Agreed. I think Sandoval could be a decent SP5 type starter, but I feel he’d have far more value as a multi-inning weapon out of the pen. In that sense, getting another SP can further help our bullpen, as it’d kick Sandoval to the pen.
And so far the best Perry Minasian is the real Perry Minasian, but he still needs to get some starters or he’ll quickly drop down the list to the worst.
Still have plenty of time (and options) but it goes without saying that neglecting the rotation would be unwise.
It would be hard to imagine Perry is not going to address the rotation. Whether that be signing a big name like Bauer or trading for one like Marquez, Snell. Obviously those are pipe dreams but regardless I would be shocked if Perry does not improve the rotation given that is all he has talked about since the moment he got here. That and run prevention which so far he has been addressing with the addition of the churches.
Great work as always.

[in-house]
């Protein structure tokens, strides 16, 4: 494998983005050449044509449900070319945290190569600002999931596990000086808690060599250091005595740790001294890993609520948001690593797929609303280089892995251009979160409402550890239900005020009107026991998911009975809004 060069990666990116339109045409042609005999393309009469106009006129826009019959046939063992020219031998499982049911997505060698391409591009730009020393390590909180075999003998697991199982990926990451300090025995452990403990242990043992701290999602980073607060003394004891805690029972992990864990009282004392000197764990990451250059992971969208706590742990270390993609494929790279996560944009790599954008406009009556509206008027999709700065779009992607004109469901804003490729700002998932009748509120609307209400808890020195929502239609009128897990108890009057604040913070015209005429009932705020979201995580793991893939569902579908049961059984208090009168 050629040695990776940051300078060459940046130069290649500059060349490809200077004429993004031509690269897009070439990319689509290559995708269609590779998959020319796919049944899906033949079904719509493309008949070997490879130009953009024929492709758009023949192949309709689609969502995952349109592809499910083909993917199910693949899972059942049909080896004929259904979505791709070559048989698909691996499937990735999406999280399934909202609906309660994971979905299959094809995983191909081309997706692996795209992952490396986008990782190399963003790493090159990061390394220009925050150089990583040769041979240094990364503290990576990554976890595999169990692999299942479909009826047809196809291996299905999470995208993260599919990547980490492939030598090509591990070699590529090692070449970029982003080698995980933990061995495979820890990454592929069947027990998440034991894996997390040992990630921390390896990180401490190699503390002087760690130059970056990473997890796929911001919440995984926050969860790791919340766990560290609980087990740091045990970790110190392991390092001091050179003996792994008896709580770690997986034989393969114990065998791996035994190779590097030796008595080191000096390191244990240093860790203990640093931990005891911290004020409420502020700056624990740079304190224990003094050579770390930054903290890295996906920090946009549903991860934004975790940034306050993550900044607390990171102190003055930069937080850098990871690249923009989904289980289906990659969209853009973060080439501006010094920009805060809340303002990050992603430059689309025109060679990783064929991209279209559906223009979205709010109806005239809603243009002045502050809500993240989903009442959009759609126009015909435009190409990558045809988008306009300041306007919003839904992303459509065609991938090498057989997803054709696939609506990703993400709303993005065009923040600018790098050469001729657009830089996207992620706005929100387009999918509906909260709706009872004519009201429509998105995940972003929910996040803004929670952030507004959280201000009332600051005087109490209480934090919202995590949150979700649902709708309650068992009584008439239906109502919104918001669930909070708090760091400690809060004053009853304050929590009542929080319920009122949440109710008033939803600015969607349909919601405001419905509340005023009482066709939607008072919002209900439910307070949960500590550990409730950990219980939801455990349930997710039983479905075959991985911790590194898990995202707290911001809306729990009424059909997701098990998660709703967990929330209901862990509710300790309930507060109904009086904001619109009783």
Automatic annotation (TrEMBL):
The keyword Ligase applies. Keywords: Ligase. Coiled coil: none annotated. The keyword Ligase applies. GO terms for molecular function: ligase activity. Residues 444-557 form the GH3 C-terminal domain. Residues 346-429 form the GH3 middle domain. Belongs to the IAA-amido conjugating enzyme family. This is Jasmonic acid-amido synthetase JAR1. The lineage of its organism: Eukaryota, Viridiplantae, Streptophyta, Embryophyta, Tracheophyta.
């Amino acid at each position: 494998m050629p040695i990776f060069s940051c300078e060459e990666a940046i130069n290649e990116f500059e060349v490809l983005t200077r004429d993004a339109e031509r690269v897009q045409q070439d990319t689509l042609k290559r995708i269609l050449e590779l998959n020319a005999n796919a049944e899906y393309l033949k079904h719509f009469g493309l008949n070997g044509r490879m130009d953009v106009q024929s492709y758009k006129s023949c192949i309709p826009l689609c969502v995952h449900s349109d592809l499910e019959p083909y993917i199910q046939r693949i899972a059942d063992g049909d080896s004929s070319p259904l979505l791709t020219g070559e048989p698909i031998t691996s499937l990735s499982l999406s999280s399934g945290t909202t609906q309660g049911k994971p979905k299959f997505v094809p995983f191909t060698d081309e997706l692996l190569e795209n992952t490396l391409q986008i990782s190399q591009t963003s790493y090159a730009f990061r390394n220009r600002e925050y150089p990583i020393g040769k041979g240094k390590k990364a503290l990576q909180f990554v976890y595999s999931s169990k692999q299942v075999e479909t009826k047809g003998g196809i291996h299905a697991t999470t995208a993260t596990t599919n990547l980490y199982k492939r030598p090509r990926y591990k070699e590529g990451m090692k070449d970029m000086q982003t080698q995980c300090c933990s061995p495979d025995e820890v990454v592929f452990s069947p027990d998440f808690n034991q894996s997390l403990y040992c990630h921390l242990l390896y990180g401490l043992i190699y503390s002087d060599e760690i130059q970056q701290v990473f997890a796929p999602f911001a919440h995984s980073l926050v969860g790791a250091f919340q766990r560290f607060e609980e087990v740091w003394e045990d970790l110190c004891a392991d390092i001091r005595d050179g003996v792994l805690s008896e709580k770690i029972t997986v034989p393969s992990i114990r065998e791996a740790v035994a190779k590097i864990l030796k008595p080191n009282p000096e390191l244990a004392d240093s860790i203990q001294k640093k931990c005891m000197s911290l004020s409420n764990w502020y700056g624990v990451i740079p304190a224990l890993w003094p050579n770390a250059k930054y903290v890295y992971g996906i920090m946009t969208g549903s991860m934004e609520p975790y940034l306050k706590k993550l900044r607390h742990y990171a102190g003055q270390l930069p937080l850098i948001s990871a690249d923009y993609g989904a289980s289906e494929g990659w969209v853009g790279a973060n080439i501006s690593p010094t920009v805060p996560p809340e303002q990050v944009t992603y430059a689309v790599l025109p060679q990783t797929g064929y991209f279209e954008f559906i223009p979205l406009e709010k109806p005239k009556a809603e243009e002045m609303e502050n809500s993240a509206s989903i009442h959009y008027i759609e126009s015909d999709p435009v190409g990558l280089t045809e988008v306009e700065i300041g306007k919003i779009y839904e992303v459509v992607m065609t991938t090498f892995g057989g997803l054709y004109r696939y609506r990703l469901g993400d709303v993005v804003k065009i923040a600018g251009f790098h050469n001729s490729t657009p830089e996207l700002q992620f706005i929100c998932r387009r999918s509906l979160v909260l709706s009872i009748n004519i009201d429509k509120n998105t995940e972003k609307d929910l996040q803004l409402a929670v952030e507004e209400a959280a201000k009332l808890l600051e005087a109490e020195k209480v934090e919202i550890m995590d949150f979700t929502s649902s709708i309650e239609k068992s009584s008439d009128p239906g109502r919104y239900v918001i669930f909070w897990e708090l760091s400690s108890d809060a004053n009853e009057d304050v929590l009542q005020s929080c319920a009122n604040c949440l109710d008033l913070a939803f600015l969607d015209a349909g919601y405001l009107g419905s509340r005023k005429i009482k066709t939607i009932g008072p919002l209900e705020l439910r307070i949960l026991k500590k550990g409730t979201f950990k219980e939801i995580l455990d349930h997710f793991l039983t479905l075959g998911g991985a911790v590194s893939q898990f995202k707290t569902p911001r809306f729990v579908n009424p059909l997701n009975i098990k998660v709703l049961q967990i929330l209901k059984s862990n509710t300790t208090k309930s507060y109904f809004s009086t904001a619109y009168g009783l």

Having that third pitch is key, as mentioned by Greatjake. If a hitter can sit on a certain pitch, you are toast. When a normal reliever is having trouble with one pitch, that’s what happens. Iglesias can still keep hitters off balance even if one pitch isn’t working well.
Thanks, Jeff. Definitely think his strong three-pitch mix has played a big role in his sustained success.
I follow the Reds, watch some of their games. Honestly, Iglesias is more fun to watch than Aroldis Chapman. We are gonna love watching this guy and I’d be down if we extended him. We haven’t had a closer that just ices a line up like this guy that I can remember. No two walks and three Ks with this guy, just fast innings.
I think an extension makes too much sense (if he produces, obviously). I think he’s going to age quite well for a reliever and the club is about to shed a ton of $$$ after next season.
Graduate level work Mr. BMags, thank you.
I think Inglesias’ three pitch repertoire greatly limits his reliever volitility and is the main reason for his consistency. Most RPs have at best a two pitch mix (sometimes only one) so if a weapon is off their proverbial goose is cooked.
Exactly. Factor in the command improvements and he’s about as safe of a bet to produce as any top reliever in the sport.
Probably the factor that allows him to pitch two innings if need be.
It’s been so long since the Angels bullpen has been able to consistently hold leads. A shut down closer was such a necessary improvement. Really excited to maybe feel a bit more comfortable when up 5-3 in the 8th.
It’s a huge improvement. I checked the Fangraphs depth charts and swapping Ramirez out for Iglesias moved the Angels bullpen up from #20 to #8. Having one big lockdown arm is huge.